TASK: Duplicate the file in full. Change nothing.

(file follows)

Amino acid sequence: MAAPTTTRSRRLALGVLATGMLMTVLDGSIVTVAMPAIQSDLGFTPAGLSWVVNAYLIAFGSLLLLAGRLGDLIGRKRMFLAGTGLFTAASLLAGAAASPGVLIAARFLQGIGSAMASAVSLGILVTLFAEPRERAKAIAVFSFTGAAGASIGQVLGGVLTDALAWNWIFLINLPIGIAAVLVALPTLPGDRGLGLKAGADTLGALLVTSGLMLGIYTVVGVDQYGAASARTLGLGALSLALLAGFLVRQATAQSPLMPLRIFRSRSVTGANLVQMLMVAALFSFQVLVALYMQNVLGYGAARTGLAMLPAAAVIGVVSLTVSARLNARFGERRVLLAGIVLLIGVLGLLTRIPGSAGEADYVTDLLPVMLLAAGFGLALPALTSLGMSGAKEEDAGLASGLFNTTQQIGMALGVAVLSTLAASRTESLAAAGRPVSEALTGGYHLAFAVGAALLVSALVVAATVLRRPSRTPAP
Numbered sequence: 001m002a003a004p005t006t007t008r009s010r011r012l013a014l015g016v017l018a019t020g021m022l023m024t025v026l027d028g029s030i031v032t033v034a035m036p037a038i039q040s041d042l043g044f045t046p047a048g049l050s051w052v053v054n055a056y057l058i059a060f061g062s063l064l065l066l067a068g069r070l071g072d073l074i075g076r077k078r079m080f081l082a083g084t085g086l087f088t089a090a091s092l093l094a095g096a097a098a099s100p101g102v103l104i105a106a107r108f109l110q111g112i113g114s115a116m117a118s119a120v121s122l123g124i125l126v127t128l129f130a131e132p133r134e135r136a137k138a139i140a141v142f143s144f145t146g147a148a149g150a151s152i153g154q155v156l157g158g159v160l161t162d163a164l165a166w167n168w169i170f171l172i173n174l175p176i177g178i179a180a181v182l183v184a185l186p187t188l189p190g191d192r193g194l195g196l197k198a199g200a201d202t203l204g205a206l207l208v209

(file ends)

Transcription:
Amino acid sequence: MAAPTTTRSRRLALGVLATGMLMTVLDGSIVTVAMPAIQSDLGFTPAGLSWVVNAYLIAFGSLLLLAGRLGDLIGRKRMFLAGTGLFTAASLLAGAAASPGVLIAARFLQGIGSAMASAVSLGILVTLFAEPRERAKAIAVFSFTGAAGASIGQVLGGVLTDALAWNWIFLINLPIGIAAVLVALPTLPGDRGLGLKAGADTLGALLVTSGLMLGIYTVVGVDQYGAASARTLGLGALSLALLAGFLVRQATAQSPLMPLRIFRSRSVTGANLVQMLMVAALFSFQVLVALYMQNVLGYGAARTGLAMLPAAAVIGVVSLTVSARLNARFGERRVLLAGIVLLIGVLGLLTRIPGSAGEADYVTDLLPVMLLAAGFGLALPALTSLGMSGAKEEDAGLASGLFNTTQQIGMALGVAVLSTLAASRTESLAAAGRPVSEALTGGYHLAFAVGAALLVSALVVAATVLRRPSRTPAP
Numbered sequence: 001m002a003a004p005t006t007t008r009s010r011r012l013a014l015g016v017l018a019t020g021m022l023m024t025v026l027d028g029s030i031v032t033v034a035m036p037a038i039q040s041d042l043g044f045t046p047a048g049l050s051w052v053v054n055a056y057l058i059a060f061g062s063l064l065l066l067a068g069r070l071g072d073l074i075g076r077k078r079m080f081l082a083g084t085g086l087f088t089a090a091s092l093l094a095g096a097a098a099s100p101g102v103l104i105a106a107r108f109l110q111g112i113g114s115a116m117a118s119a120v121s122l123g124i125l126v127t128l129f130a131e132p133r134e135r136a137k138a139i140a141v142f143s144f145t146g147a148a149g150a151s152i153g154q155v156l157g158g159v160l161t162d163a164l165a166w167n168w169i170f171l172i173n174l175p176i177g178i179a180a181v182l183v184a185l186p187t188l189p190g191d192r193g194l195g196l197k198a199g200a201d202t203l204g205a206l207l208v209